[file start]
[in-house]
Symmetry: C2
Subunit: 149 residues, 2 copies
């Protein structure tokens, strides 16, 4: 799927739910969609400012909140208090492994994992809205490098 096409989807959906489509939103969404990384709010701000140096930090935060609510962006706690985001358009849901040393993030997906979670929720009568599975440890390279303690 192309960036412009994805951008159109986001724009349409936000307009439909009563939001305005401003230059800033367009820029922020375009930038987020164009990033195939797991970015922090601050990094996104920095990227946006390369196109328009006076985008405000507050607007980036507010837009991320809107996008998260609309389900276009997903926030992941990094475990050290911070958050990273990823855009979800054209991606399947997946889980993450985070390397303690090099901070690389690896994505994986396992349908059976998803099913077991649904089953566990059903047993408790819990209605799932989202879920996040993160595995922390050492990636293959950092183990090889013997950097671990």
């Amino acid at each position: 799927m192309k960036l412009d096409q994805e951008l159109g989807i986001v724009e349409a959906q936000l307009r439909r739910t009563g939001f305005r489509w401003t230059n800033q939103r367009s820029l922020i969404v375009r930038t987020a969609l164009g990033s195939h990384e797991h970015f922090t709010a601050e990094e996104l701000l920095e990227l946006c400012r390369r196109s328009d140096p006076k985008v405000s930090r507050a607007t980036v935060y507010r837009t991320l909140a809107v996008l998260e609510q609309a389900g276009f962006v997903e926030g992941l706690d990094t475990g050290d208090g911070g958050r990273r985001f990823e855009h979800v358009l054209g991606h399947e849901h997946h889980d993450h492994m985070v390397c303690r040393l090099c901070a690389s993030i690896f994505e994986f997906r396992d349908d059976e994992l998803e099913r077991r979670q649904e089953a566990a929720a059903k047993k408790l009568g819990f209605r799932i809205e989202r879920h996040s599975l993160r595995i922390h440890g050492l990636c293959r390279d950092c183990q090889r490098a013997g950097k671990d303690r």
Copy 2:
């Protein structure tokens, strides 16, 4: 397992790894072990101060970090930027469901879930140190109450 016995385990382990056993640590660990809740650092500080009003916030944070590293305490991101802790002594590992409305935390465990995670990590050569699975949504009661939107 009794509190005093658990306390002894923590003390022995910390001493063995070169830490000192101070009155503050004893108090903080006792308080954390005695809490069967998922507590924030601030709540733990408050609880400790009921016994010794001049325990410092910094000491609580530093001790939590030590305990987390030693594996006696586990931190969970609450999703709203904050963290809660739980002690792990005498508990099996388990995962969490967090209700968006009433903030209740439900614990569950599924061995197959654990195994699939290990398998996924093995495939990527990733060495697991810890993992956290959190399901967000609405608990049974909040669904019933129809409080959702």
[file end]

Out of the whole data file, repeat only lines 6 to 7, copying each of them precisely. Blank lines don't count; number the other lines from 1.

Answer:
Copy 2:
């Protein structure tokens, strides 16, 4: 397992790894072990101060970090930027469901879930140190109450 016995385990382990056993640590660990809740650092500080009003916030944070590293305490991101802790002594590992409305935390465990995670990590050569699975949504009661939107 009794509190005093658990306390002894923590003390022995910390001493063995070169830490000192101070009155503050004893108090903080006792308080954390005695809490069967998922507590924030601030709540733990408050609880400790009921016994010794001049325990410092910094000491609580530093001790939590030590305990987390030693594996006696586990931190969970609450999703709203904050963290809660739980002690792990005498508990099996388990995962969490967090209700968006009433903030209740439900614990569950599924061995197959654990195994699939290990398998996924093995495939990527990733060495697991810890993992956290959190399901967000609405608990049974909040669904019933129809409080959702």